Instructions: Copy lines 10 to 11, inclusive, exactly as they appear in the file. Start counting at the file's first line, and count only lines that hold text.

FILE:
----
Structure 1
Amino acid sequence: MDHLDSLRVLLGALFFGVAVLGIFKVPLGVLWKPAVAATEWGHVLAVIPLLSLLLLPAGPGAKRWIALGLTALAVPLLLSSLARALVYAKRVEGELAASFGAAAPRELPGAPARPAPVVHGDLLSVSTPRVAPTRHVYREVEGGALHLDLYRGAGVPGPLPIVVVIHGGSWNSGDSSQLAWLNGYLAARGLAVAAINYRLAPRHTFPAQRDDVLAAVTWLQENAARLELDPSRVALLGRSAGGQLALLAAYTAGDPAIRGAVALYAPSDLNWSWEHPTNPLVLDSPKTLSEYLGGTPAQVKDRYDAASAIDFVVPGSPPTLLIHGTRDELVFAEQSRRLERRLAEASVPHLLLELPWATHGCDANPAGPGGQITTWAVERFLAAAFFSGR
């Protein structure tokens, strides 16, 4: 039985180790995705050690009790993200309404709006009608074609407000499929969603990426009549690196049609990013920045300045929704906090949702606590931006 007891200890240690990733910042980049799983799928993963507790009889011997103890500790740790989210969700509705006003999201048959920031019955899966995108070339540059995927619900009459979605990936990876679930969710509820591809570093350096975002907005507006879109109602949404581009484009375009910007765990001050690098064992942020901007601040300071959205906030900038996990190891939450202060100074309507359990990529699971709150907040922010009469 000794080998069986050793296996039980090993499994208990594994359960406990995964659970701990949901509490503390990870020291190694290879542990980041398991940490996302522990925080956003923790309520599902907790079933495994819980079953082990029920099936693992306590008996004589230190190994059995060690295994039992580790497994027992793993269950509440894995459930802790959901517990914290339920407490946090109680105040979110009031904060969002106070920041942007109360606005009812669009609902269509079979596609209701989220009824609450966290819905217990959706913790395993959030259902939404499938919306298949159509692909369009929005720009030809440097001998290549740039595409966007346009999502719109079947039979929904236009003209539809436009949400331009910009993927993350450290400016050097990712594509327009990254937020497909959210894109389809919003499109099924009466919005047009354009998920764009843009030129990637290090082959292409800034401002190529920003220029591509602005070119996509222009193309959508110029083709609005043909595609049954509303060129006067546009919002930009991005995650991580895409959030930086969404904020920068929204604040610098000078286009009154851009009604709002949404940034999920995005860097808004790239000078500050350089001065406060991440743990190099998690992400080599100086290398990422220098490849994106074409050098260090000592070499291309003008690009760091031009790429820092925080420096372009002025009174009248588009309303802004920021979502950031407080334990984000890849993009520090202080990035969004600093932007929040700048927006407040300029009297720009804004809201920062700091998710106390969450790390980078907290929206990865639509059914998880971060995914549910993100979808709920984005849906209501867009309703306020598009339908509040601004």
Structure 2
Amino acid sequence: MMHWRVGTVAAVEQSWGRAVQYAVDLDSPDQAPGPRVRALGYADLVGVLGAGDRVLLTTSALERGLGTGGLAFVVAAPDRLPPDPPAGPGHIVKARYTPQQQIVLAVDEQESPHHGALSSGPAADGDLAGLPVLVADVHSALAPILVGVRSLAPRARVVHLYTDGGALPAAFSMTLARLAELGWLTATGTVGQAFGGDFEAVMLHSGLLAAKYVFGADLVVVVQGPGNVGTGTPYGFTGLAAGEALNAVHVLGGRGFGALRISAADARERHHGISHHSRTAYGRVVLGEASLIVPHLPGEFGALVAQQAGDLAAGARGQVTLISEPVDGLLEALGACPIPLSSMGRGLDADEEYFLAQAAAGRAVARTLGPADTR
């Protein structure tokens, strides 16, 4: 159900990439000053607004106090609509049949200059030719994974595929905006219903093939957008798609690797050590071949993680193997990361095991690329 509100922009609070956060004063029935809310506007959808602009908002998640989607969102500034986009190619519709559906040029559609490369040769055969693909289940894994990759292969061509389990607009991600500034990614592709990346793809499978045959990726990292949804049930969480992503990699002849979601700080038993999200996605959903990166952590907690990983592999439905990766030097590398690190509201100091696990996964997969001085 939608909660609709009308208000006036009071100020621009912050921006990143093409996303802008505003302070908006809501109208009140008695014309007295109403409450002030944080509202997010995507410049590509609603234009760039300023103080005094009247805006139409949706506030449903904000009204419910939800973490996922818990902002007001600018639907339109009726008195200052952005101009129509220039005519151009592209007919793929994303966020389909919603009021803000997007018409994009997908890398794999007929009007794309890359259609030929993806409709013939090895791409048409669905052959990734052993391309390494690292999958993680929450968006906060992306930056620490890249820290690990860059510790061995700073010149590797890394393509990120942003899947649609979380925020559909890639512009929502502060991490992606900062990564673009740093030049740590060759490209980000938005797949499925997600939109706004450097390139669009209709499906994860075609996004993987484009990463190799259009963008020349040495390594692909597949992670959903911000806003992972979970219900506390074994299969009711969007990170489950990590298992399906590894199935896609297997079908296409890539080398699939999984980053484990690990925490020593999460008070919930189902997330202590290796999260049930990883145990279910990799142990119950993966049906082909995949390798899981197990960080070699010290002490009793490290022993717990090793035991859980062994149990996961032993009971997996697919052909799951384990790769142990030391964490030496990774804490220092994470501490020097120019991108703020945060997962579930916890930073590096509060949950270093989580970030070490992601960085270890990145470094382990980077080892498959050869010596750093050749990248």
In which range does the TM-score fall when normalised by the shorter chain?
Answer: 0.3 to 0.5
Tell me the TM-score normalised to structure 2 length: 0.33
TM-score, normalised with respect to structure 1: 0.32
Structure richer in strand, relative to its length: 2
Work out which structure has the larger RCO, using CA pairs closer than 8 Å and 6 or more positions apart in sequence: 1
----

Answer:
TM-score, normalised with respect to structure 1: 0.32
Structure richer in strand, relative to its length: 2